• Reportable quantities of a pesticide spill - pesticide residues greater than 220 lbs or 25 gallons
  • Extraction process residues

For more guidance on how to make such determinations, contact DEQ for assistance and information on proper disposal.

Regulation of Wastewater Associated with Marijuana Growing and Processing Operations

The Oregon Department of Environmental Quality does not directly regulate the growing or processing of marijuana. However, marijuana businesses must abide by existing regulations designed to protect our air, land and water. DEQ has a limited role in wastewater management associated with growing and processing operations, and the regulations differ depending on whether wastewater is associated with an agricultural operation or disposed via sanitary sewer or onsite septic system.


Additional information on Oregon laws and regulations relating to marijuana are available at the Oregon Liquor Control Commission.
Wastewater from marijuana growing operations and marijuana processing operations are regulated differently.

Growing operations

Marijuana growing operations on agricultural lands are considered farm uses and therefore agricultural wastewater management falls under the authority of the Oregon Department of Agriculture (ORS 568.900 – 568.933). This applies to greenhouses and hydroponic operations as well as open air grow sites.

 
  • House Bill 3400, passed by the Oregon Legislature in 2015, establishes that marijuana is a crop for the purposes of determining a “farm use” as defined in ORS 215.203.
  • ORS 561.191 establishes that the Oregon Department of Agriculture is the lead agency for programs and rules that directly regulate farming practices related to water quality protection.
  • See ODA’s website for more information on authorities and programs for regulating agricultural activities affecting water quality.
 
DEQ only has a regulatory role in managing wastewater from growing operations if it is being discharged into a sanitary sewer system, an onsite septic system, or being discharged directly into a surface water body through a pipe or ditch.
 

Municipal wastewater discharges

Growers and processors should contact the local sanitary authority for information about connecting or discharging wastewater to a sanitary sewer system. Under certain circumstances, DEQ pretreatment regulations may apply.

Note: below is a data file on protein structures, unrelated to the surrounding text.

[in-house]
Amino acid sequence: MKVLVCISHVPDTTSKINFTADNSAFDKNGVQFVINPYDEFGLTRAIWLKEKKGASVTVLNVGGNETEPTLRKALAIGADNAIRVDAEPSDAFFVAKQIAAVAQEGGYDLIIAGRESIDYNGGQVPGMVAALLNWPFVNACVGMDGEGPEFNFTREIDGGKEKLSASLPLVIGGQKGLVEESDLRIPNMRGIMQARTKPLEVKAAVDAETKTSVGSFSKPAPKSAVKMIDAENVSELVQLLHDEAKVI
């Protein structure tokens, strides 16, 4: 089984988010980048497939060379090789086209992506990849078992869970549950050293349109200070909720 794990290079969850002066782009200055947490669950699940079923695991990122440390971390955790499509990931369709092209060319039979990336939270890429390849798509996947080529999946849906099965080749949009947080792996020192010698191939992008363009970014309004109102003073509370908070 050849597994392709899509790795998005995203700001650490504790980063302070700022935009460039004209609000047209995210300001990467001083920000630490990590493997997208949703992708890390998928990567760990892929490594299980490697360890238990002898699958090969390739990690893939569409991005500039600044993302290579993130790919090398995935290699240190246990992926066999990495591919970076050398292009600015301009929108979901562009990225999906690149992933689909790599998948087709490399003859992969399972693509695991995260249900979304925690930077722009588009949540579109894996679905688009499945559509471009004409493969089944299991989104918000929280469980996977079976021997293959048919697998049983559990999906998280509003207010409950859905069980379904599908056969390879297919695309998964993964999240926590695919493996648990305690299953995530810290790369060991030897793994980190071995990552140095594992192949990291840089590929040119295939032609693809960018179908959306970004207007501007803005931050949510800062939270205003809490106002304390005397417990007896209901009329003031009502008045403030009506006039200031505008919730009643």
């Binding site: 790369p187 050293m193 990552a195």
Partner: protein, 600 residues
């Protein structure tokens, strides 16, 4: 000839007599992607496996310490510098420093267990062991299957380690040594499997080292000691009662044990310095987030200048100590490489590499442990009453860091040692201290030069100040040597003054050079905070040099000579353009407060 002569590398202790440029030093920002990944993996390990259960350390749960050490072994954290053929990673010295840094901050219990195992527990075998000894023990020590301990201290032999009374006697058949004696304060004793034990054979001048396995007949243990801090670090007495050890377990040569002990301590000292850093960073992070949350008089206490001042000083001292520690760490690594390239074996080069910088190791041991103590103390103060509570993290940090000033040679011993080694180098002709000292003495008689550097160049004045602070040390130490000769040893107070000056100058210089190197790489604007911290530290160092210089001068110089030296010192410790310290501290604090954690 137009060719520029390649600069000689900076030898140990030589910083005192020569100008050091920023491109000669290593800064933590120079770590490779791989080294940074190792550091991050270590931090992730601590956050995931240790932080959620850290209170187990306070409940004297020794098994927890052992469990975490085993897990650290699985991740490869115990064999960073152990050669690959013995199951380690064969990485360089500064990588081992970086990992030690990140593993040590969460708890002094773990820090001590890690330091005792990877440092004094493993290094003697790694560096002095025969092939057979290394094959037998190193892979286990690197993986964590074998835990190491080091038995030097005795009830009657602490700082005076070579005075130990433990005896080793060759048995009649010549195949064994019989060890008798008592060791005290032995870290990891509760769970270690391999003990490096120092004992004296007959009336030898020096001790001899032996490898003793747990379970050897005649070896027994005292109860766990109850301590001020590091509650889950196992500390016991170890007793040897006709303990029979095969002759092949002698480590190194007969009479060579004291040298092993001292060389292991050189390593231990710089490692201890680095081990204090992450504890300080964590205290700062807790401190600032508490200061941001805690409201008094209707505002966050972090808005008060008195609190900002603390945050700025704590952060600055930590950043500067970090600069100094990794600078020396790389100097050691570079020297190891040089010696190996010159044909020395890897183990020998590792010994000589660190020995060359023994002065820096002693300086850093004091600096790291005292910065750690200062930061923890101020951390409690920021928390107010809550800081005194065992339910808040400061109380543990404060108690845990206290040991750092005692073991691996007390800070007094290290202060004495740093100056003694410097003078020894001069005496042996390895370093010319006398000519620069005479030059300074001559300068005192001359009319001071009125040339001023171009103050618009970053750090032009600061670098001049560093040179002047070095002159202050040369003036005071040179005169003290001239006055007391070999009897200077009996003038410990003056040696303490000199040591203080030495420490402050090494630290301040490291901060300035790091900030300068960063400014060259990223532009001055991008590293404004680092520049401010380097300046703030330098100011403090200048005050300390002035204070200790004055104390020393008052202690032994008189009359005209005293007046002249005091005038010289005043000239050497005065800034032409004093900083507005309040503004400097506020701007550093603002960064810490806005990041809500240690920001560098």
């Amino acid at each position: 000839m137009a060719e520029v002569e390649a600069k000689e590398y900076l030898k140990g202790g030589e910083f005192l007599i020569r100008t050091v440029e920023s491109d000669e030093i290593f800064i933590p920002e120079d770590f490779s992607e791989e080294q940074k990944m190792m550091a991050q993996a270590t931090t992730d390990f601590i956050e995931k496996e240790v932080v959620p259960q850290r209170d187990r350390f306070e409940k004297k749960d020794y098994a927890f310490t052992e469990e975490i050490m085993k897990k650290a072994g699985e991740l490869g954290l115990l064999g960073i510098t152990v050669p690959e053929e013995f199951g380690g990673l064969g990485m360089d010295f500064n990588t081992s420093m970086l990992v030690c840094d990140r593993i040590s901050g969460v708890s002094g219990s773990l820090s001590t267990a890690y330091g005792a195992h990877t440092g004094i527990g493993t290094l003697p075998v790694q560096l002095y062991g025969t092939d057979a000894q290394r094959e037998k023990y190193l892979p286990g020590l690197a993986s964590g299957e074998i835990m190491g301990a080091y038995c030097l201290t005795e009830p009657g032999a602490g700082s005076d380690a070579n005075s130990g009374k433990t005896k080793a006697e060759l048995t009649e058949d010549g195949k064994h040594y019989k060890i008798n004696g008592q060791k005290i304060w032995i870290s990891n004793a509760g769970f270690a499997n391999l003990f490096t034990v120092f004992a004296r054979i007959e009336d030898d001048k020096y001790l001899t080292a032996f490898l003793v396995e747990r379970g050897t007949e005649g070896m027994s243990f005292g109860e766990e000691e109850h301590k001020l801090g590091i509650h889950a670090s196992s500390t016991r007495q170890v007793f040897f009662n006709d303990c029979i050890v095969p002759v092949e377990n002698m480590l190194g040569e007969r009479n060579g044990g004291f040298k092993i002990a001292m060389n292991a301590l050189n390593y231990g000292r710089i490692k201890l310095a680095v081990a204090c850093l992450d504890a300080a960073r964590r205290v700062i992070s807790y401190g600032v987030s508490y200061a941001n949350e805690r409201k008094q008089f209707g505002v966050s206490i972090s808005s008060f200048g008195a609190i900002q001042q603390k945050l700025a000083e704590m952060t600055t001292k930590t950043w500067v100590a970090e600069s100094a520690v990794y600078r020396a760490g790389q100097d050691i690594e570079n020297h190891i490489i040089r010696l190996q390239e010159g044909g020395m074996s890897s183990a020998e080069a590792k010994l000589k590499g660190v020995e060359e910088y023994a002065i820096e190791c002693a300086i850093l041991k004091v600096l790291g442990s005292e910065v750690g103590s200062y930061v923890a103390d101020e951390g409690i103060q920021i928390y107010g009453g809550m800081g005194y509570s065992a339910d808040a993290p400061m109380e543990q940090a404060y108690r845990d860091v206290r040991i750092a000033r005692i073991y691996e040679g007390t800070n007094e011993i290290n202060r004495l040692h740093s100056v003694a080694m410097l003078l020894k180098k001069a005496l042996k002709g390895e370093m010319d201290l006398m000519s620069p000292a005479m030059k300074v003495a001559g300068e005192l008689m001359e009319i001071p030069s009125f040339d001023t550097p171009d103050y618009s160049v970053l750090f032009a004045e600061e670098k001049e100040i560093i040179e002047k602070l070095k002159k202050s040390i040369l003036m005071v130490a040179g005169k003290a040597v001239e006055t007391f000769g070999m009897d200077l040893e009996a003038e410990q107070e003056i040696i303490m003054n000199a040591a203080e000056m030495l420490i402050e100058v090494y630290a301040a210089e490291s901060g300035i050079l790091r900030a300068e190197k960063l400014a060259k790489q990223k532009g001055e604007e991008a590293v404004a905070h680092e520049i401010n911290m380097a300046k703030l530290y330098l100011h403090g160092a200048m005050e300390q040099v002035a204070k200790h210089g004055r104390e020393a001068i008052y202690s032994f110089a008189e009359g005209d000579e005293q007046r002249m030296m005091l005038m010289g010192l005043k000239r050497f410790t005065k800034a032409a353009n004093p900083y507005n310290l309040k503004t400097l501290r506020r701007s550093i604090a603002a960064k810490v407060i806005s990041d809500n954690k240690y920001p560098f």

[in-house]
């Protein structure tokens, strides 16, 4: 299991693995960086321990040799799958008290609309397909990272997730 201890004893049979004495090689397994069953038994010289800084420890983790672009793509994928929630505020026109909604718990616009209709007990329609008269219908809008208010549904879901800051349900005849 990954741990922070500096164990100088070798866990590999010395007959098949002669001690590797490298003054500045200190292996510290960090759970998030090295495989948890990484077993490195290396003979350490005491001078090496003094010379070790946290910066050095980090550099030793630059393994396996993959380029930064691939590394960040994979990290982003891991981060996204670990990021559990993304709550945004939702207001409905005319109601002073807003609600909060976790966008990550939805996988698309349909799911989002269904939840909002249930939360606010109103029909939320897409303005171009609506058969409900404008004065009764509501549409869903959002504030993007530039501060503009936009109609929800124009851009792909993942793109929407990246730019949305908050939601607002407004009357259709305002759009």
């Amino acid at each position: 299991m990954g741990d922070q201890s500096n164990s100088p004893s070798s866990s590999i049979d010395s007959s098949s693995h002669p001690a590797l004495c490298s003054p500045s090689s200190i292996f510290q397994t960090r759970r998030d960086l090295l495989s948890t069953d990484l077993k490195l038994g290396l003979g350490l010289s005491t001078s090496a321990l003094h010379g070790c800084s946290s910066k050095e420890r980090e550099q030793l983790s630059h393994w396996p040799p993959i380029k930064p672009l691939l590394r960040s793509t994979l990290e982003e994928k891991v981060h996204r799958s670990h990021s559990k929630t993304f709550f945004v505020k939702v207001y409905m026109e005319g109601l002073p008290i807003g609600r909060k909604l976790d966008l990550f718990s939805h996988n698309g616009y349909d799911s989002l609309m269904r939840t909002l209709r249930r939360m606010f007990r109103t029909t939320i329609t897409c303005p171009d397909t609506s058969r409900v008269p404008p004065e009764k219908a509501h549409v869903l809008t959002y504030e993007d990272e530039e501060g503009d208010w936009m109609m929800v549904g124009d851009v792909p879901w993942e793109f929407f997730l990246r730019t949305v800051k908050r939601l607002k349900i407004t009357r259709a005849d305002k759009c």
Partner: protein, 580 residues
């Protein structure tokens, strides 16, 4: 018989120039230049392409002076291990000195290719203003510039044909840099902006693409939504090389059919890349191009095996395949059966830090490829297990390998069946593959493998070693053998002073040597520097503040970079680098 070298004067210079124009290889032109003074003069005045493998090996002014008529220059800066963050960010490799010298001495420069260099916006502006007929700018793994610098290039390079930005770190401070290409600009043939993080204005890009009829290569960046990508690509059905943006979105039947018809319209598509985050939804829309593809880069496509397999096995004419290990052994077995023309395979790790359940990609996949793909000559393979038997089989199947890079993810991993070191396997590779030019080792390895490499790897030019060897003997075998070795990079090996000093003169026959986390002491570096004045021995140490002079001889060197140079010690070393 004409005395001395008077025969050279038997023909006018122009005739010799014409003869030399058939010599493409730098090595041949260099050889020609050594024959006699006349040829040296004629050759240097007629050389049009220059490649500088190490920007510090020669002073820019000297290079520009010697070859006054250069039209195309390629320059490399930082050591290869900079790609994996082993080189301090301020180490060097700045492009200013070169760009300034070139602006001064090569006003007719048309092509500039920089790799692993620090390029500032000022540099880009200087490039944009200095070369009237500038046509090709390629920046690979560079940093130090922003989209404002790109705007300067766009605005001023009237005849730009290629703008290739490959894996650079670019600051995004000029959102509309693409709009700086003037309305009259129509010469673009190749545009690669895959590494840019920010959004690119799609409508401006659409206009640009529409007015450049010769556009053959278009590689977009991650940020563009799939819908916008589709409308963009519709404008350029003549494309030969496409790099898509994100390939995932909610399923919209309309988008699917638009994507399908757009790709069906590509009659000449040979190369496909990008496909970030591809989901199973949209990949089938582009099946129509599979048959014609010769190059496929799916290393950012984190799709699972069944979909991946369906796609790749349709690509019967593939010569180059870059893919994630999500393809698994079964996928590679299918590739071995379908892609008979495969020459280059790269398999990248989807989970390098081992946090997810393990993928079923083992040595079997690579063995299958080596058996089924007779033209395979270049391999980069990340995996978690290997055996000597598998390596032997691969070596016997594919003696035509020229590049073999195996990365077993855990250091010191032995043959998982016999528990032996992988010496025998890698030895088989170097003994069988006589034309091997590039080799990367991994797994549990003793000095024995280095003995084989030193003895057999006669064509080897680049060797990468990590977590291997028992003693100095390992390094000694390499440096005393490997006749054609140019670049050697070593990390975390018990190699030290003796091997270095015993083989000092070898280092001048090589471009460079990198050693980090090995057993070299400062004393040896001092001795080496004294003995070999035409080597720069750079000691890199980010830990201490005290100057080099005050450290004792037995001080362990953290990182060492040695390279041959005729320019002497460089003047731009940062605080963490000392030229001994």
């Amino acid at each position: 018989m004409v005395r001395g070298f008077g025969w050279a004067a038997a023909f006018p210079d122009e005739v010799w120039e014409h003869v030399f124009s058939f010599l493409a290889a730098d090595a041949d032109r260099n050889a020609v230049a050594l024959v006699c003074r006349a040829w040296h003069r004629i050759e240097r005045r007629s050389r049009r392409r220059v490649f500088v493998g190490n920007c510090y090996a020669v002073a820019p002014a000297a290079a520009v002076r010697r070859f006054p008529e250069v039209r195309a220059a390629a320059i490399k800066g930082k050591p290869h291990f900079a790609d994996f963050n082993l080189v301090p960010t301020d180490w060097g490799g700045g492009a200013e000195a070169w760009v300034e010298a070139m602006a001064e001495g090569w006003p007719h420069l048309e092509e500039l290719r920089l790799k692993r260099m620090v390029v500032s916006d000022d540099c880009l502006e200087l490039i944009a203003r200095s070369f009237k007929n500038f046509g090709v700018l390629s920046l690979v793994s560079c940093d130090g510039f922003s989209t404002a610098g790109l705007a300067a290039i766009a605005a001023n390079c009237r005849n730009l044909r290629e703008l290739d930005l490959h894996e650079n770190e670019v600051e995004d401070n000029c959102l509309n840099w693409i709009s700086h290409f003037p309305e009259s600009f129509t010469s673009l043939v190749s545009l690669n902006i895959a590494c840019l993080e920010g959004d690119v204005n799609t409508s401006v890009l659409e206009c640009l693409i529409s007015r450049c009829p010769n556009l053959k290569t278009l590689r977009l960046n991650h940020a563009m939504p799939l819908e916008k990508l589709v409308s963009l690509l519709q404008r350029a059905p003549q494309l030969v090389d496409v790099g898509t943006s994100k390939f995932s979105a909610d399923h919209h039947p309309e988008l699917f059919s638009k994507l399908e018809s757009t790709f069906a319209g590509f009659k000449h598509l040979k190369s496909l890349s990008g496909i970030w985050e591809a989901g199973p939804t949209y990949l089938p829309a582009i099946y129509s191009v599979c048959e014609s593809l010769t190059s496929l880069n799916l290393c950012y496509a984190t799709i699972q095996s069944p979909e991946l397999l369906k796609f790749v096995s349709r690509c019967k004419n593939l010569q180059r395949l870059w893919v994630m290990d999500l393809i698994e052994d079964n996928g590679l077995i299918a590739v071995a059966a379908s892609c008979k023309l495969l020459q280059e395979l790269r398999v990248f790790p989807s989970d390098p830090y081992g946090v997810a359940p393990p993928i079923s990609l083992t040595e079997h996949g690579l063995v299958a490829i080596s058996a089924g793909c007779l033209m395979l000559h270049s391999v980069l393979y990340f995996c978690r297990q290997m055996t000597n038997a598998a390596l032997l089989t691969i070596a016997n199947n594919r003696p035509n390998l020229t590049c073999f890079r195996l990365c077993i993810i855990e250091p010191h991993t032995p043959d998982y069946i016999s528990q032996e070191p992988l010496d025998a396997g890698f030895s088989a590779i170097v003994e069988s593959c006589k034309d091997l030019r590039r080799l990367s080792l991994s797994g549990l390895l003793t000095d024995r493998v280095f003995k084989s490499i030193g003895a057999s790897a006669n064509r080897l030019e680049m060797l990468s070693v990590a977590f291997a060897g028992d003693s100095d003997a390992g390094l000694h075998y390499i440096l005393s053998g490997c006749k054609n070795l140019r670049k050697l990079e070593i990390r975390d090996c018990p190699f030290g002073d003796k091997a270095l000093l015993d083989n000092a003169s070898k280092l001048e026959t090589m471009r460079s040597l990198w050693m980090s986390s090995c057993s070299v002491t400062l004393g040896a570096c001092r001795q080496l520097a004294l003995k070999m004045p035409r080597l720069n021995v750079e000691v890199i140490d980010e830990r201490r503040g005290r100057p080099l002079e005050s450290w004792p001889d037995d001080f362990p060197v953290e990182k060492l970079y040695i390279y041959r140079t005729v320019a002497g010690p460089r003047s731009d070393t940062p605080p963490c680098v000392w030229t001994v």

Onsite septic systems discharges

Wastewater from growing facilities and processing facilities may not be discharged into an onsite septic system designed to treat domestic (household) wastewater. In addition, planting and growing marijuana on top of a septic drainfield or irrigating and harvesting over a drainfield may impair a residential septic system’s performance. For more information contact the onsite septic system authority in your county.
 

Surface water discharges

Wastewater from growing and processing facilities that discharge directly to a surface water through a ditch, channel, or pipe requires a National Pollutant Discharge Elimination System (NPDES) permit. Contact DEQ for more information.
 

Underground Discharges

Wastewater from growing facilities and processing facilities may not be discharged underground. Underground Injection of wastewater may cause groundwater contamination which is costly, difficult, and sometimes impossible to clean up. For more information contact DEQ’s Underground Injection Control program.
 

Processing operations

Marijuana processing wastewater, including but not limited to wash water, process wastewater from extraction processes, and wastewater from food preparation may be subject to DEQ regulation. Contact DEQ for more information.

 

 

Contacts

The following are contacts for questions regarding DEQ’s role in marijuana regulation:
 
  • Air quality (boilers, generators or other sources of air emissions) - Northwest Region Air Quality Duty Officer, 503-229-5263;
    or Western Region, Alex Haulman, 503-378-4996
  • Composting and solid waste management – Bob Barrows, 541-687-7354
  • Hazardous waste – Dan Lobato,  541-686-7998
  • Wastewater management – Etsegenet Belete, 503-229-5586